Old Town Dirigo 106

I started this topic because I think I ask the wrong questions in a previous post. Does anyone have a Dirigo 106 and how does it do in faster water.

Info on Dirigo 106

– Last Updated: May-02-10 2:42 PM EST –

Cockpit size 18" by 38". Open in front (no bulkhead). The big cockpit rec boat is the reason that Old Town would have recommended against it for moving water - the ability to let in a huge amount of water fast, which is the enemy in a capsize. There's a reason that creeker WW boats tend to be higher sided.

Dagger Axis is suited for mixed environments per the Dagger website. Since you want to buy new rather than used, this might be worth a harder look.

I figure Old town responded that way
because of hull design. Given my size the square inches of surface area for water intrusion would be comparable to a smaller person with a smaller opening. Guess I was wrong

square peg into a round hole?
I read both posts and it looks more like yoou are looking for justification to get the 106 more than actually considering it by its merits. I am probably wrong but that is the way I read it. I did the same thing with the Old Town Rush I bought when I first started and while I still love the boat, I definitely outfitted it with float bags front and aft and it is a nice boat for newbies to use. I have progressed a bit since then but I still enjoy the rush when I get to paddle it.

I have 15 ft sit on tops and an Arctic Tern 14 ft and I have paddled small creeks and found that I don’t have that much difficulty turning at all.

I can say this because I have used a tarpon 100 and a tarpon 140 and did not feel that there was that much of detriment with turning and navigating small creeks. the ability to lean agressively with a kayak and loosening up the ends allows for very tight turns as well as using bow rudders etc.

I strongly recommend you at least look at a 12 footer and above for your weight and height and I can guarantee you that you will enjoy your flatwater paddling a lot more with the additional tracking etc.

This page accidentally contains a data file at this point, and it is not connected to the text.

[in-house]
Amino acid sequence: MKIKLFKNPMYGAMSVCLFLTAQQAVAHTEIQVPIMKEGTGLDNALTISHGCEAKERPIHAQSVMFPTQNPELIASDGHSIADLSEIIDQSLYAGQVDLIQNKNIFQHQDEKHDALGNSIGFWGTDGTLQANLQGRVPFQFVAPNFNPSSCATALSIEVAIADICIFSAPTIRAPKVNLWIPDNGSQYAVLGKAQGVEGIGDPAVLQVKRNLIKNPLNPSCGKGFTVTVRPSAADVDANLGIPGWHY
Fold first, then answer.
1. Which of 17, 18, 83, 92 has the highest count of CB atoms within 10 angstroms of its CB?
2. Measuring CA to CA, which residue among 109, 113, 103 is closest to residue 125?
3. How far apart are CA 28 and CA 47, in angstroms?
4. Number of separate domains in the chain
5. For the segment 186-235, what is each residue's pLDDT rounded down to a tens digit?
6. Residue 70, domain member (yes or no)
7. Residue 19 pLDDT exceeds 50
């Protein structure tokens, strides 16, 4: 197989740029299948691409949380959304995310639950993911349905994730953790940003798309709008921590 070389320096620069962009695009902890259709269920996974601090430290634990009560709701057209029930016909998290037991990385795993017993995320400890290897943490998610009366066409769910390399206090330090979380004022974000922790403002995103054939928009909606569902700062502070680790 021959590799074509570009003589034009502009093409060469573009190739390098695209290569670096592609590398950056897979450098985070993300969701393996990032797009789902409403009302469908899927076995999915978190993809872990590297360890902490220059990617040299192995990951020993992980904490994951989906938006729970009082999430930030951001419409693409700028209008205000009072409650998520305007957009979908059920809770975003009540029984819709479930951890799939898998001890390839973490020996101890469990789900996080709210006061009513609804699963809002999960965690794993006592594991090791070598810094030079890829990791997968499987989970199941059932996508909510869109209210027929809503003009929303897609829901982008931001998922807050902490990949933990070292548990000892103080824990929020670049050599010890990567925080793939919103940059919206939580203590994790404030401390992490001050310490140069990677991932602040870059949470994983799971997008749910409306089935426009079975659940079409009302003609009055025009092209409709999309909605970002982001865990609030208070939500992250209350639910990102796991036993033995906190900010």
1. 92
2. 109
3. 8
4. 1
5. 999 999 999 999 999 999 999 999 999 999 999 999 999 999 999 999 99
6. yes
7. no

Big difference between a 14 ft canoe and a 14 ft kayak


longer is better
long time ago I ruled out 10ft boats, 12’ and up for me (similar physical size as u). I started in a dagger response (11’) long time ago, ww boat, but after kids and such, most of my seat time is now flat water and ozark float trips. the response was not an ideal first choice for that, so i traded for a 10’ rec style boat few yrs back. I loved the initial stability, missed the secondary I was used to, sculling, etc. but the line was straight, cockpit roomy, all seemed good until…my son took over my 10 ft. I bought a 12’ vapor at bass store on clearance for $379 and felt what I was missing - speed - I could only imagine what a narrower boat would do. I recently picked up an AXIS 12, and it is my new favorite do all boat. more money than I wanted, but does exactly what I want. Wife is a newbie and HATES the axis, but loves the vapor.

for you, sounds like you would be better suited to a 12ft rec style boat(vapor is great, pungo, pamilco - really any of the current gen of rec boats, I have seat time in all of them and also have pungo 12, but its pricey), because on a 300 mile trip down the buffalo you will have at least 30# of gear if not more with food, and your size will come close to recommended weight and will sit low. You will have seal bags secured inside, bulkheads might be nice, so get the vapor 12xt with rear hatch, or pungo 12 with rear bulkhead…or if you are going to try faster water get the axis 12. Personally I would shy away from a 10ft rig unless it was a ww boat.

have not made my mind up, only
asking about a kayak I’m familiar with. Gonna go next week to Terrapin Outdoor Center in Gadsen , AL. I called them earlier and they said they had a large variety in stock of Necky, Old Town, Dagger and so forth. Maybe I can figure something out there. BTW to all, I’m not planning on making a 160 mile trip down the Buffalo. I only gave that as a reference to the type water I like to paddle.

Sorry if I got the mileage stretched
It was hard to tell from your earlier posts whether you wanted to drive around to paddle different parts of the Buffalo as far as the White River, or do that whole distance paddling. It sounds now like you meant the first.

That said, the types of water on the Buffalo seem to be quite mixed - from rated moving water in the upper third to flat water in the middle and lower sections. So it sounds like you are focusing more on the stuff in the upper third.

gotta tell you. tracks straight, comfortable, probably the best recreational type boat out there in my opinion. I see lots and lots of people with them and they love em.


Have had one for a little over a year.

Has been good for me, 6 foot 200+ pounds. I got the 140 because it has the small jump seat in the front so my granddaughter can go woth me.

I’ve had it in rivers, streams, lakes, and some sheltered ocean. Has performed fine in all situations.

I have a 10 foot sit in and a 12 sit on and this is the best of the 3.

Throw out the "jump seat"
My daughter and I used it a few times - we quickly found that she (and I) was much more comfortable just sitting on a seat pad (tractor seat/stadium seat/whatever you call it).

In both cases, her big issue was no back support. I debated throwing some kind of backband mid-cockpit for her to lean back against. Ended up doing nothing and built her a kayak - but that had little to nothing to do with the seat (or lack thereof).